Markets Digest Wristwatch, NIRP Monetization, Catalan Independence News; Push Yields, USDJPY Even HigherSubmitted by Tyler Durden on 09/10/2014 07:08 -0400
Overnight the most notable move has been the ongoing weakness in rates, with USTs reversing earlier Tokyo gains after BoJ Deputy Governor Iwata, in addition to commenting on a lot of things that didn't make much sense, said he didn’t see any difficulties in money market operations even if BoJ bought bought government debt with negative yields, as InTouch Capital Markets notes. As a reminder, yesterday we noted that in a historic first the "Bank Of Japan Monetizes Debt At Negative Rates." As Bloomberg notes, this may be interpreted that BoJ may target negative yields to penalize savers, which "all boosts the appeal of yen-funded carry trades." In other words, first Europe goes NIRP, now it's Japan's turn! So while this certainly lit the fire under the USDJPY some more, which overnight broke about 106.50 and hit as high as 106.75 on Iwata's comments, it does not explain why the 10Y is currently trading 2.52% - after all the fungible BOJ money will eventually make its way into US bonds and merely add to what JPM has calculated is a total $5 trillion in excess liquidity sloshing in the global market.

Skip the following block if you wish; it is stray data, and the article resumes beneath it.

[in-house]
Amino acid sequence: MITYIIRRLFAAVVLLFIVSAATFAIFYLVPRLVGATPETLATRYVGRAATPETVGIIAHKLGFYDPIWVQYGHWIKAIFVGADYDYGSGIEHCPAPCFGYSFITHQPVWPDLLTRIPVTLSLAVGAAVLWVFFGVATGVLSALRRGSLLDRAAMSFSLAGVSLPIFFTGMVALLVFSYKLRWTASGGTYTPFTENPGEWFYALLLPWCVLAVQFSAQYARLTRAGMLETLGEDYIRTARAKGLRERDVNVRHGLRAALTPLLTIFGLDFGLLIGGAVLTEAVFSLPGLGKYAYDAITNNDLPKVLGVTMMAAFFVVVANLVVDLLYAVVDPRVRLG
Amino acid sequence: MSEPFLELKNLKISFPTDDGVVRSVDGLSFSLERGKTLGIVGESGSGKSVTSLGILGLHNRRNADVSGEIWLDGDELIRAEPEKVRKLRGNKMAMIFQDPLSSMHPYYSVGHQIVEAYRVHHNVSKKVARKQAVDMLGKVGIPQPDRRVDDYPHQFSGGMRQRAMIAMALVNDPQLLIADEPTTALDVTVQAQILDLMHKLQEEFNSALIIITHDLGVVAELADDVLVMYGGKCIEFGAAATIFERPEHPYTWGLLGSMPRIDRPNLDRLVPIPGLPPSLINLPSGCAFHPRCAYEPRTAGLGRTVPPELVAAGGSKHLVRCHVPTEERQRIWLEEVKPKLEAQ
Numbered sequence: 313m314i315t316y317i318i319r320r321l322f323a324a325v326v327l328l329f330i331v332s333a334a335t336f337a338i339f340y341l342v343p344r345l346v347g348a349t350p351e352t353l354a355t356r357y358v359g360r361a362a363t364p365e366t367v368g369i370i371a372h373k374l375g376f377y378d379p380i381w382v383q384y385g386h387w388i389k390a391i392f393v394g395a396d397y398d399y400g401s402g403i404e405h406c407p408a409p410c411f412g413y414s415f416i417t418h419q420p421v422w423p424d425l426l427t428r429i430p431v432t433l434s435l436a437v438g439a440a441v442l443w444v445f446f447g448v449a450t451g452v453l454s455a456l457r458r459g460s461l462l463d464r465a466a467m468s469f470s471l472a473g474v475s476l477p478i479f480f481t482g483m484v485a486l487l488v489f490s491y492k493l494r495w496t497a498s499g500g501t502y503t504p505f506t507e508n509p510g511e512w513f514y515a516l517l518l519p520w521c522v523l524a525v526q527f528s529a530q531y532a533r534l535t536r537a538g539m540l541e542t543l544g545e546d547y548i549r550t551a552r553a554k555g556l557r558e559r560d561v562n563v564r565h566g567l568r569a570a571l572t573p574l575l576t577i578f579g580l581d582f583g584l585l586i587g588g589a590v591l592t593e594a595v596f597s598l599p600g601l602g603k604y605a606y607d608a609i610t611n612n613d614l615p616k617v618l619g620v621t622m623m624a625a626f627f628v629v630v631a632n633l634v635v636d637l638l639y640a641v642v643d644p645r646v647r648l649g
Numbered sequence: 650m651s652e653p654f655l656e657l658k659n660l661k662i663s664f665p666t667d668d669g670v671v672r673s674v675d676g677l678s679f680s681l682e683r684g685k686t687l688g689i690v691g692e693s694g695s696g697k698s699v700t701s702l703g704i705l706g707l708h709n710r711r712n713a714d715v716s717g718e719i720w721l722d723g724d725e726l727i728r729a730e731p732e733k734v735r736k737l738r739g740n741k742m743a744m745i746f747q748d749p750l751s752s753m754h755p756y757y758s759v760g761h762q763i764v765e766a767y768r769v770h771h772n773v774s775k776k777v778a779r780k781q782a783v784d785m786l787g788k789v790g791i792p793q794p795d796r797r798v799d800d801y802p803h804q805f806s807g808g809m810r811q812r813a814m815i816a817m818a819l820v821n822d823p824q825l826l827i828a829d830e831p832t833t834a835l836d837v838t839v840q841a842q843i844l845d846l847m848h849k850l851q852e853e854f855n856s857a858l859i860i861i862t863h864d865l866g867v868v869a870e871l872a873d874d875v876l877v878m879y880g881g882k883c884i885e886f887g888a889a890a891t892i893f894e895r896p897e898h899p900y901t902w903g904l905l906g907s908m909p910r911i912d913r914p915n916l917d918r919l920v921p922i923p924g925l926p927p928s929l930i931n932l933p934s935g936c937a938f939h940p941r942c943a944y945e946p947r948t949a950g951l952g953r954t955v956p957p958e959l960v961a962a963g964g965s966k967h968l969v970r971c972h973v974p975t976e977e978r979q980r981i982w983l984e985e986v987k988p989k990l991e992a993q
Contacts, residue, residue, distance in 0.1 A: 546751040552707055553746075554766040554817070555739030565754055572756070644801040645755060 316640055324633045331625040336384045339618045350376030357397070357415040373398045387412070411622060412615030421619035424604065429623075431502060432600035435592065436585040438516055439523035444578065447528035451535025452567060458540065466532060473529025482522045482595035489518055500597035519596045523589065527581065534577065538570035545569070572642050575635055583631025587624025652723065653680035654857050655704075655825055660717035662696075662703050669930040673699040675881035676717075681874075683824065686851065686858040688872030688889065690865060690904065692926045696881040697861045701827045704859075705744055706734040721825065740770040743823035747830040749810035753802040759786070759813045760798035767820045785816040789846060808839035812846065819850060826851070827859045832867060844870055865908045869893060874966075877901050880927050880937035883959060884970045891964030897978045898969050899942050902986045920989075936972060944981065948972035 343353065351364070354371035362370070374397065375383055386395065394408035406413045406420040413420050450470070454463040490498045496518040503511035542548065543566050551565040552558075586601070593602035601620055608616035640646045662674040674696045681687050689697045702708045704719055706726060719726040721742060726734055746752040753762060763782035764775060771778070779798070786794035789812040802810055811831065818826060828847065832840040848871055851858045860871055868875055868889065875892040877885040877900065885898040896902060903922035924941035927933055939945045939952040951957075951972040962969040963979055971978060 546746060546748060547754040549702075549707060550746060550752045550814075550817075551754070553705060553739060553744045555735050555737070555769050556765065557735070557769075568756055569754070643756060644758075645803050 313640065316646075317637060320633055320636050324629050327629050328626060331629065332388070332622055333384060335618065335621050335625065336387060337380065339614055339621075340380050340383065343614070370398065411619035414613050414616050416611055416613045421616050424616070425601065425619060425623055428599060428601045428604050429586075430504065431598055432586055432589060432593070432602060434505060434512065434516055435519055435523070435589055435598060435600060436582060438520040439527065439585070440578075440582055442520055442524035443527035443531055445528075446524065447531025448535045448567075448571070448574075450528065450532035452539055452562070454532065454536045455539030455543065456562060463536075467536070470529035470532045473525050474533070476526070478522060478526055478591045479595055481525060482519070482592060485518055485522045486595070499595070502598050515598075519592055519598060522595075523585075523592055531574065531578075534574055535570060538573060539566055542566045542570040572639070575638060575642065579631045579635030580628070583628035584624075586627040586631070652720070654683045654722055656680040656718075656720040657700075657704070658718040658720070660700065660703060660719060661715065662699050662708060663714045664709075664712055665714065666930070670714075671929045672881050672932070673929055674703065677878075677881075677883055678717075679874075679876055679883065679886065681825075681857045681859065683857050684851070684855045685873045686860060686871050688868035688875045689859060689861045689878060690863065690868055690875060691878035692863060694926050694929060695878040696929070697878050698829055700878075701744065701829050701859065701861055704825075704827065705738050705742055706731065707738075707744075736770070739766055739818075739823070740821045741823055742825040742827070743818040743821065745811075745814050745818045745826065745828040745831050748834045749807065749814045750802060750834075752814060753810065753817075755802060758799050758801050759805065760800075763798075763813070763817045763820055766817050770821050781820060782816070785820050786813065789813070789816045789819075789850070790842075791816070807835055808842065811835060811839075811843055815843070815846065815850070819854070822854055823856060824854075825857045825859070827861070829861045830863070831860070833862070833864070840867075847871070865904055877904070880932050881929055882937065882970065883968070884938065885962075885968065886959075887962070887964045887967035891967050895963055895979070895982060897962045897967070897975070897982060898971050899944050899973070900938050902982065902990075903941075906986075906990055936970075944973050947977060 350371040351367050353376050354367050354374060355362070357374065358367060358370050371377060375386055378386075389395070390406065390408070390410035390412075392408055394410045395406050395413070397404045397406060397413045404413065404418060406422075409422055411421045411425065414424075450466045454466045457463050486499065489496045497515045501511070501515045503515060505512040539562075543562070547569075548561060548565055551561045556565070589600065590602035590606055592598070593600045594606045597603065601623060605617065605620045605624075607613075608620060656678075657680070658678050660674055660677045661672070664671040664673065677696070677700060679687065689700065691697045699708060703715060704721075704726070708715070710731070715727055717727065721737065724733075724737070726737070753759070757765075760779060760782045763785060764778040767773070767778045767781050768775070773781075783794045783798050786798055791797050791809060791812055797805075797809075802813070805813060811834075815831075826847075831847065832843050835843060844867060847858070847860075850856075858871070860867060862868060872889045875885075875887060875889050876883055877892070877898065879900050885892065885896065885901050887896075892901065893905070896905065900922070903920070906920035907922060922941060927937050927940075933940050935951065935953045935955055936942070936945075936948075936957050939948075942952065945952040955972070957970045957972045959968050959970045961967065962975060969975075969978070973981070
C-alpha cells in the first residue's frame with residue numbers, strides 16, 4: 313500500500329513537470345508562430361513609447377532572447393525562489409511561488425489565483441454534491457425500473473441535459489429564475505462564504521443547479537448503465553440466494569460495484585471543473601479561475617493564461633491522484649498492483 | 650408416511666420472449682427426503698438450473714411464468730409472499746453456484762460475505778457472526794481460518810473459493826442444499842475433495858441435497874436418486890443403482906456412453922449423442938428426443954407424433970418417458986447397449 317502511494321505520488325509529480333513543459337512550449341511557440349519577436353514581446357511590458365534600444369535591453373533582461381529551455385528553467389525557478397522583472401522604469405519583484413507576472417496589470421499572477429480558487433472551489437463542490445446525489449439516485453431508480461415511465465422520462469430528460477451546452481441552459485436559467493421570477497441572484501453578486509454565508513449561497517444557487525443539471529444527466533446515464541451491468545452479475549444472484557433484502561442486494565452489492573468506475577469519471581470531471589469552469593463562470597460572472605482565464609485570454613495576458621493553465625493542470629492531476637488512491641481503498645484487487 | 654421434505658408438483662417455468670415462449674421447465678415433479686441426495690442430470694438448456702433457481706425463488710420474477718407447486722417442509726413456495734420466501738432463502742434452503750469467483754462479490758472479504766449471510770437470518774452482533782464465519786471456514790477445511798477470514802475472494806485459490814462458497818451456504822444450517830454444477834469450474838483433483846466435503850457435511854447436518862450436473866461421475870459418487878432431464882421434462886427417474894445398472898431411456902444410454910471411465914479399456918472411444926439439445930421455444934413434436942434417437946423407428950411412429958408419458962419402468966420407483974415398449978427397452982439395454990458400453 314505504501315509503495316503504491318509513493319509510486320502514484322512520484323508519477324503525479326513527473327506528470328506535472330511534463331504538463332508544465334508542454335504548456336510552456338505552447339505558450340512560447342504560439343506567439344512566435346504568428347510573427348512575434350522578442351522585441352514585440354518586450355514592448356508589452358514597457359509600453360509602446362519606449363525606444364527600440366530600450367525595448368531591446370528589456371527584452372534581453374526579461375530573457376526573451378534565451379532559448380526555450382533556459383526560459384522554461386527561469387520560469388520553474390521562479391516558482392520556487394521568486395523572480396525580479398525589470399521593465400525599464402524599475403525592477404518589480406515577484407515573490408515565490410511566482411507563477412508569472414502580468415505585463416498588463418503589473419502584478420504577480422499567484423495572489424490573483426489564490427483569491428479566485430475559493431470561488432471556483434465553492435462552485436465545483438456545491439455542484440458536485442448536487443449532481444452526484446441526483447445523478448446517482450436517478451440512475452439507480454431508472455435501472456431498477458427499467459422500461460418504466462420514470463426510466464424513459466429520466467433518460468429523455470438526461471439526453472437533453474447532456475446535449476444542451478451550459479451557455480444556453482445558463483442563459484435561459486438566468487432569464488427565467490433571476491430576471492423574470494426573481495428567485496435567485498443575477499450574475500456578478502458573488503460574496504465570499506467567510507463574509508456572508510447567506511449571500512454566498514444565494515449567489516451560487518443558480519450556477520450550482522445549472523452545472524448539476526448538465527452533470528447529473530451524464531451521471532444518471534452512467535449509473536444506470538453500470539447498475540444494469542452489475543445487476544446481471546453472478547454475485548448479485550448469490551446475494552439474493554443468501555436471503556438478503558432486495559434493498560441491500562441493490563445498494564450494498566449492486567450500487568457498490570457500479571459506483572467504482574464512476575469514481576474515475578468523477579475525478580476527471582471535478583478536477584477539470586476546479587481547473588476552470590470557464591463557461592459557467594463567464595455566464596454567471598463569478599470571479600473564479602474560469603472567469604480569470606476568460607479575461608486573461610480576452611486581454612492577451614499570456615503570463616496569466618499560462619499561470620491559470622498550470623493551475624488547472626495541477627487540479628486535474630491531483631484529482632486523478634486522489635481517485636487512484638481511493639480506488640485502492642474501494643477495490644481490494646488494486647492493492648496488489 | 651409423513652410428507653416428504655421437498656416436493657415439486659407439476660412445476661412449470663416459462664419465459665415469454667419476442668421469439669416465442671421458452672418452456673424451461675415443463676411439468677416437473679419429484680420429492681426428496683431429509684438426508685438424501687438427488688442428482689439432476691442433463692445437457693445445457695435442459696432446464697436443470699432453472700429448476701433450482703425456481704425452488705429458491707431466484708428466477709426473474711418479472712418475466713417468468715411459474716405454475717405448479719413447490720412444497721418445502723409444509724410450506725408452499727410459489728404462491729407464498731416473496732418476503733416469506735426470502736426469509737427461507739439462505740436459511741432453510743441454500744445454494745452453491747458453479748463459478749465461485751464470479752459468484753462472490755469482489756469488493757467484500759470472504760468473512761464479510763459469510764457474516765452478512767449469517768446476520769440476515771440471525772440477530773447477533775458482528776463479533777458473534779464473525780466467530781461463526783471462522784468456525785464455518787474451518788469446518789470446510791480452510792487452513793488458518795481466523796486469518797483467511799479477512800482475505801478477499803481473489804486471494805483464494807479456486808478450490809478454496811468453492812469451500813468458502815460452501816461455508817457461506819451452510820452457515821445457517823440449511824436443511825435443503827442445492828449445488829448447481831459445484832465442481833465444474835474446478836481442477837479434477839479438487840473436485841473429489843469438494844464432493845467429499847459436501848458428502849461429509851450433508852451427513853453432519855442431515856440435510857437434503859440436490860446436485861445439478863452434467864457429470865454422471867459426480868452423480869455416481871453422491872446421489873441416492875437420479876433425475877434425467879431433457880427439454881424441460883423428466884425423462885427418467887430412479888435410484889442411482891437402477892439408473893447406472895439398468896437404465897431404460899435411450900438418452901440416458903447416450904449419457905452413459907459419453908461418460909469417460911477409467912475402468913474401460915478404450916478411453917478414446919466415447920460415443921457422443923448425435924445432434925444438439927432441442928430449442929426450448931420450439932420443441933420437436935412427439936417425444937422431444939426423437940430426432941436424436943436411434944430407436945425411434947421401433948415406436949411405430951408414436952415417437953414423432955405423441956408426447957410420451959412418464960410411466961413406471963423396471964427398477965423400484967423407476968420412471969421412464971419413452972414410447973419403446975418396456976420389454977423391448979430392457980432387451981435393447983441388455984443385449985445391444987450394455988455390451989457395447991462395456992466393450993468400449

In a few moments, the up and coming "bond king challenger", Jeffrey Gundlach will hold one of his signature free to all webcasts, this time focusing on what Gundlach calls the "Fixed Income Playbook." Will he agree with David Tepper that the bond bubble is now bursting, or, on the contrary, side with JPM and its estimation that there is $5 trillion in excess liquidity which will inevitably find its way into the bond market and send yields to even lower record lows, find out in minutes.